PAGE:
Grassland birds have experienced steeper population declines between 1966 and 2015 than any other bird group on the North American continent, and migratory grassland birds may face threats in all stages of their annual cycle. The grassland‐associated long‐billed curlew (Numenius americanus) is experiencing population declines in regional and local portions of their North American breeding range. The nesting period is an important portion of the annual cycle when curlews may face demographic rate limitations from a suite of threats including predators and anthropogenic disturbance. We compared nest sites to random sites within breeding territories to examine nest site selection, and modeled correlates of nesting success for 128 curlew nests at 5 Intermountain West sites. Nest sites were 6 times more likely than random sites to be situated adjacent to existing cowpies. Additionally, curlews selected nest sites with shorter vegetation, and less bare ground, grass, and shrub cover than at random sites within their territories. Nest success varied widely among sites and ranged from 12% to 40% in a season with a mean of 27% for all nests during the 2015 and 2016 seasons. Higher nest success probability was associated with higher curlew densities in the area, greater percent cover of conspicuous objects (cowpies, rocks) near the nest, and higher densities of black‐billed magpies (Pica hudsonia) and American crows (Corvus brachyrhynchos) at the site. We also found increased probability of nesting success with increased distance from a nest to the nearest potential perch in that territory. Given the central role of working lands to curlews in much of the Intermountain West, understanding limitations to nesting success in these diverse landscapes is necessary to guide adaptive management strategies in increasingly human‐modified habitats. We suggest some grazing and irrigation practices already provide suitable nesting conditions for curlews, and others may require only minor temporal shifts to improve compatibility.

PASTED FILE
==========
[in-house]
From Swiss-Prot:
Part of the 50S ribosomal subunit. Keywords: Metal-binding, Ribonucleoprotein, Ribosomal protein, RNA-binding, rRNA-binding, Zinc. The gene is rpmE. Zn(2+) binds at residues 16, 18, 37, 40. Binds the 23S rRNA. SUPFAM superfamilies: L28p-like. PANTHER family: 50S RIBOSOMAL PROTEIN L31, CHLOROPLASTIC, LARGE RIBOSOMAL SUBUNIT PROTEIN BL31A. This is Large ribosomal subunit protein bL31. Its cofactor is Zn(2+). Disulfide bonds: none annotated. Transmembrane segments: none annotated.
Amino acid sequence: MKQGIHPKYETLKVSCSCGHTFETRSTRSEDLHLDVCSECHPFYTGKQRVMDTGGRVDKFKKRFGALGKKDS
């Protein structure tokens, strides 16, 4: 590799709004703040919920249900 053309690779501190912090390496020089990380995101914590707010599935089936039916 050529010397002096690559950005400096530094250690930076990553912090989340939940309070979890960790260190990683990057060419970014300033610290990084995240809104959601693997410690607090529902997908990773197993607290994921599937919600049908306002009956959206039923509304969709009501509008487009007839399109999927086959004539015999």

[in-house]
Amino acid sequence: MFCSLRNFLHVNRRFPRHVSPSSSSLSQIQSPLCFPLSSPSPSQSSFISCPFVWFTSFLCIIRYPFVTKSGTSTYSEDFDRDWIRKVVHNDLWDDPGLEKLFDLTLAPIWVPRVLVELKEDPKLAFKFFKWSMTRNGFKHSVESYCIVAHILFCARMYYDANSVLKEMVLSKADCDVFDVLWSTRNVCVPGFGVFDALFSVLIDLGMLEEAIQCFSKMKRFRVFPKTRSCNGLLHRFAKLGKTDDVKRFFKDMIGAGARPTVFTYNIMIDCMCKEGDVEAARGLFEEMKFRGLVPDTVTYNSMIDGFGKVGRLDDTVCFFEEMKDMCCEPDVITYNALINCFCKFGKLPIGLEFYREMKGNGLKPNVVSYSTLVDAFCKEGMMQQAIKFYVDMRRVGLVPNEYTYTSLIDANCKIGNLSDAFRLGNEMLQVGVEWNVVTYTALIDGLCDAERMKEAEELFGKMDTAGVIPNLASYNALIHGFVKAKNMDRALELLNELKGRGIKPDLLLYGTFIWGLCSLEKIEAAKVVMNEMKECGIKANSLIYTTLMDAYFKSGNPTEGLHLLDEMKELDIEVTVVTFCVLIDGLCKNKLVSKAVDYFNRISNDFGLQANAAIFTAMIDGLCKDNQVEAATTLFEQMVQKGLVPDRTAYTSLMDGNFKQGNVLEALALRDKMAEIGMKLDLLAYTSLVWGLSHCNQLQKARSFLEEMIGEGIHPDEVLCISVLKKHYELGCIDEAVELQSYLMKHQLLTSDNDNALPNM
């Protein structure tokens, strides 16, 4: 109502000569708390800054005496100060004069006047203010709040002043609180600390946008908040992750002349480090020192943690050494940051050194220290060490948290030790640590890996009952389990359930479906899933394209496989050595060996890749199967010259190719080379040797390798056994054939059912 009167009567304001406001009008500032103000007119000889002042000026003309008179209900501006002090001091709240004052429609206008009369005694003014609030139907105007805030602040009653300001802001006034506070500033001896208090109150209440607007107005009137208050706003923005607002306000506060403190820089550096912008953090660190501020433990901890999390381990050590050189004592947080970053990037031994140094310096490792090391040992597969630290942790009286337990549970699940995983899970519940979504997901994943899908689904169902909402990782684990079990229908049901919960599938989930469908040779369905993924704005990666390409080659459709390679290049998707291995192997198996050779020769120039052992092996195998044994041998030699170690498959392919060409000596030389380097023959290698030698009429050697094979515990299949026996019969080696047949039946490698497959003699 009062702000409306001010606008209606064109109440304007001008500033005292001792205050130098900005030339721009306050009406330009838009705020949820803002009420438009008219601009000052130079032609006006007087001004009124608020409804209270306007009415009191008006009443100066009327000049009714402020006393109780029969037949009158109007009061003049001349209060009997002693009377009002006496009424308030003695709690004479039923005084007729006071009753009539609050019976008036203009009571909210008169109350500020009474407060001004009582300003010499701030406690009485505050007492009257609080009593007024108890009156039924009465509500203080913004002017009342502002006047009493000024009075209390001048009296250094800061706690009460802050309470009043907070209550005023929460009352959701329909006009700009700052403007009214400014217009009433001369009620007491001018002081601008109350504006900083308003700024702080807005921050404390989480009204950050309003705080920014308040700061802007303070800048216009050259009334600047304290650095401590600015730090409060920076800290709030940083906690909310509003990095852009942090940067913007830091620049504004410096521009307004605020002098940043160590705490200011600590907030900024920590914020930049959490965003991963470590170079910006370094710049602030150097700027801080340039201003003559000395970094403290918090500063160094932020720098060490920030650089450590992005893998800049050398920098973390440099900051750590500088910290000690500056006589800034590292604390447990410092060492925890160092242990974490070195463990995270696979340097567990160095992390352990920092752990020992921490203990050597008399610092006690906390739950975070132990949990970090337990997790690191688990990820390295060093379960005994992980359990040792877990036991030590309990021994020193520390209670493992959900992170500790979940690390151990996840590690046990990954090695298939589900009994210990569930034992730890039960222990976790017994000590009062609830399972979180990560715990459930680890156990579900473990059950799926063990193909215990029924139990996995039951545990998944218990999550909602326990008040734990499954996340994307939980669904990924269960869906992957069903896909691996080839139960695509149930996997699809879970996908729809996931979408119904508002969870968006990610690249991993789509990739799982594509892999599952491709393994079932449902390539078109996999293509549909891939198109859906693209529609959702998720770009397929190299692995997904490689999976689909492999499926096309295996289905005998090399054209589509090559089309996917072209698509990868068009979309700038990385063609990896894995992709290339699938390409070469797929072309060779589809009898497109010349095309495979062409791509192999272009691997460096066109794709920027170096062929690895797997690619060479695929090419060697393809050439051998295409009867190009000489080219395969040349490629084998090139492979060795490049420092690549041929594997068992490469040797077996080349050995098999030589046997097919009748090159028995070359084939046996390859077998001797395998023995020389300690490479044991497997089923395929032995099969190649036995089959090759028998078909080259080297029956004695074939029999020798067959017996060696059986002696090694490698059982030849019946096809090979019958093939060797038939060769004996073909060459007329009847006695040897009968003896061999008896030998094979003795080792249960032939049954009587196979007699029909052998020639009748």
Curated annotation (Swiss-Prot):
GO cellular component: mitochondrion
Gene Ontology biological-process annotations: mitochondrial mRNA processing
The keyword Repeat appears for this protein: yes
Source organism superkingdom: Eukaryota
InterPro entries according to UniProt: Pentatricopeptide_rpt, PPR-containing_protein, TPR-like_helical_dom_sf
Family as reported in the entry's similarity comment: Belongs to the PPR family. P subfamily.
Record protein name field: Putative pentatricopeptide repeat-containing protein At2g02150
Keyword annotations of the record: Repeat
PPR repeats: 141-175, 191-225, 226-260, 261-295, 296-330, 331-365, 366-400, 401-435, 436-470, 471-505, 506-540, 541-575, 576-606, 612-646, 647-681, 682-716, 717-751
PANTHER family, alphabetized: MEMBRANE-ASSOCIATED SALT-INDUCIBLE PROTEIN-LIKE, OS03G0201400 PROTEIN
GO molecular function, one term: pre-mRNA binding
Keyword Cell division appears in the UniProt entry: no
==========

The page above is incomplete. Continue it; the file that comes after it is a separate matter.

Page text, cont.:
This is the peer reviewed version of the following article:
Coates, S.E.; Wright, B.W.; & Carlisle, J.D. (2019). Long-Billed Curlew Nest Site Selection and Success in the Intermountain West. The Journal of Wildlife Management, 83(5), 1197-1213.
which has been published in final form at doi: 10.1002/jwmg.21661. This article may be used for non-commercial purposes in accordance with Wiley Terms and Conditions for Self-Archiving.
Coates, Stephanie E.; Wright, Benjamin W.; and Carlisle, Jay D.. (2019). "Long-Billed Curlew Nest Site Selection and Success in the Intermountain West". The Journal of Wildlife Management, 83(5), 1197-1213. https://dx.doi.org/10.1002/jwmg.21661